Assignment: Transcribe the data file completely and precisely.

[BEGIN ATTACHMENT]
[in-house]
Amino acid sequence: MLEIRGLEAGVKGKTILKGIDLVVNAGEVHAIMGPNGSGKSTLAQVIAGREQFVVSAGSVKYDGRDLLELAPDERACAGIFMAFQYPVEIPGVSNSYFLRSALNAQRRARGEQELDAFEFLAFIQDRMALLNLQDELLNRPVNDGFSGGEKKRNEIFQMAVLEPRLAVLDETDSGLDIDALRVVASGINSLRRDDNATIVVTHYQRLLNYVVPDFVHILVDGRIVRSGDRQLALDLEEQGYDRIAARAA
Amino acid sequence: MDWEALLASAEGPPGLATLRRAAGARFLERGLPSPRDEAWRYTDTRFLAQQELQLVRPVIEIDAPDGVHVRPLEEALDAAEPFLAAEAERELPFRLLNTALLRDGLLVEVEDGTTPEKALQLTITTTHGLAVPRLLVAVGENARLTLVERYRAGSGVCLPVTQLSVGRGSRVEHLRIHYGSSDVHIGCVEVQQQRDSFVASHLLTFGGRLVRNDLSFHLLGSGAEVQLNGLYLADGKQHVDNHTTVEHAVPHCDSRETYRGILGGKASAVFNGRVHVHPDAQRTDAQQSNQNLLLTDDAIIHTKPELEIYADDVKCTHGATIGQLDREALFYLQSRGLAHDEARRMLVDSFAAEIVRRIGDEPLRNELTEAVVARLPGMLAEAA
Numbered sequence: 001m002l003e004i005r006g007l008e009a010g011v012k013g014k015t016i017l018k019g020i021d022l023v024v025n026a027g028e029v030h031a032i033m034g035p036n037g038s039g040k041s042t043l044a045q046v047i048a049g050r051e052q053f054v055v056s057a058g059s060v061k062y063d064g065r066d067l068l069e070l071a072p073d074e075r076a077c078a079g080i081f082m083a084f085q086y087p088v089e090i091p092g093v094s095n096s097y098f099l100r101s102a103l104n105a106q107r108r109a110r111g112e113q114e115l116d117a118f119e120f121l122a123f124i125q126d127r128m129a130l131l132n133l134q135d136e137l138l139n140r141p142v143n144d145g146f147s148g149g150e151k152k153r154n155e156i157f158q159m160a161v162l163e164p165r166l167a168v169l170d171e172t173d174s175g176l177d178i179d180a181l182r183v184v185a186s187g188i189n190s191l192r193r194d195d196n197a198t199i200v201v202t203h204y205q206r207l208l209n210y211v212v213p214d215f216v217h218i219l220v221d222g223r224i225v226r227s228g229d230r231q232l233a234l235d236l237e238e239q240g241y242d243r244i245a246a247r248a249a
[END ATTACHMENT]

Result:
[in-house]
Amino acid sequence: MLEIRGLEAGVKGKTILKGIDLVVNAGEVHAIMGPNGSGKSTLAQVIAGREQFVVSAGSVKYDGRDLLELAPDERACAGIFMAFQYPVEIPGVSNSYFLRSALNAQRRARGEQELDAFEFLAFIQDRMALLNLQDELLNRPVNDGFSGGEKKRNEIFQMAVLEPRLAVLDETDSGLDIDALRVVASGINSLRRDDNATIVVTHYQRLLNYVVPDFVHILVDGRIVRSGDRQLALDLEEQGYDRIAARAA
Amino acid sequence: MDWEALLASAEGPPGLATLRRAAGARFLERGLPSPRDEAWRYTDTRFLAQQELQLVRPVIEIDAPDGVHVRPLEEALDAAEPFLAAEAERELPFRLLNTALLRDGLLVEVEDGTTPEKALQLTITTTHGLAVPRLLVAVGENARLTLVERYRAGSGVCLPVTQLSVGRGSRVEHLRIHYGSSDVHIGCVEVQQQRDSFVASHLLTFGGRLVRNDLSFHLLGSGAEVQLNGLYLADGKQHVDNHTTVEHAVPHCDSRETYRGILGGKASAVFNGRVHVHPDAQRTDAQQSNQNLLLTDDAIIHTKPELEIYADDVKCTHGATIGQLDREALFYLQSRGLAHDEARRMLVDSFAAEIVRRIGDEPLRNELTEAVVARLPGMLAEAA
Numbered sequence: 001m002l003e004i005r006g007l008e009a010g011v012k013g014k015t016i017l018k019g020i021d022l023v024v025n026a027g028e029v030h031a032i033m034g035p036n037g038s039g040k041s042t043l044a045q046v047i048a049g050r051e052q053f054v055v056s057a058g059s060v061k062y063d064g065r066d067l068l069e070l071a072p073d074e075r076a077c078a079g080i081f082m083a084f085q086y087p088v089e090i091p092g093v094s095n096s097y098f099l100r101s102a103l104n105a106q107r108r109a110r111g112e113q114e115l116d117a118f119e120f121l122a123f124i125q126d127r128m129a130l131l132n133l134q135d136e137l138l139n140r141p142v143n144d145g146f147s148g149g150e151k152k153r154n155e156i157f158q159m160a161v162l163e164p165r166l167a168v169l170d171e172t173d174s175g176l177d178i179d180a181l182r183v184v185a186s187g188i189n190s191l192r193r194d195d196n197a198t199i200v201v202t203h204y205q206r207l208l209n210y211v212v213p214d215f216v217h218i219l220v221d222g223r224i225v226r227s228g229d230r231q232l233a234l235d236l237e238e239q240g241y242d243r244i245a246a247r248a249a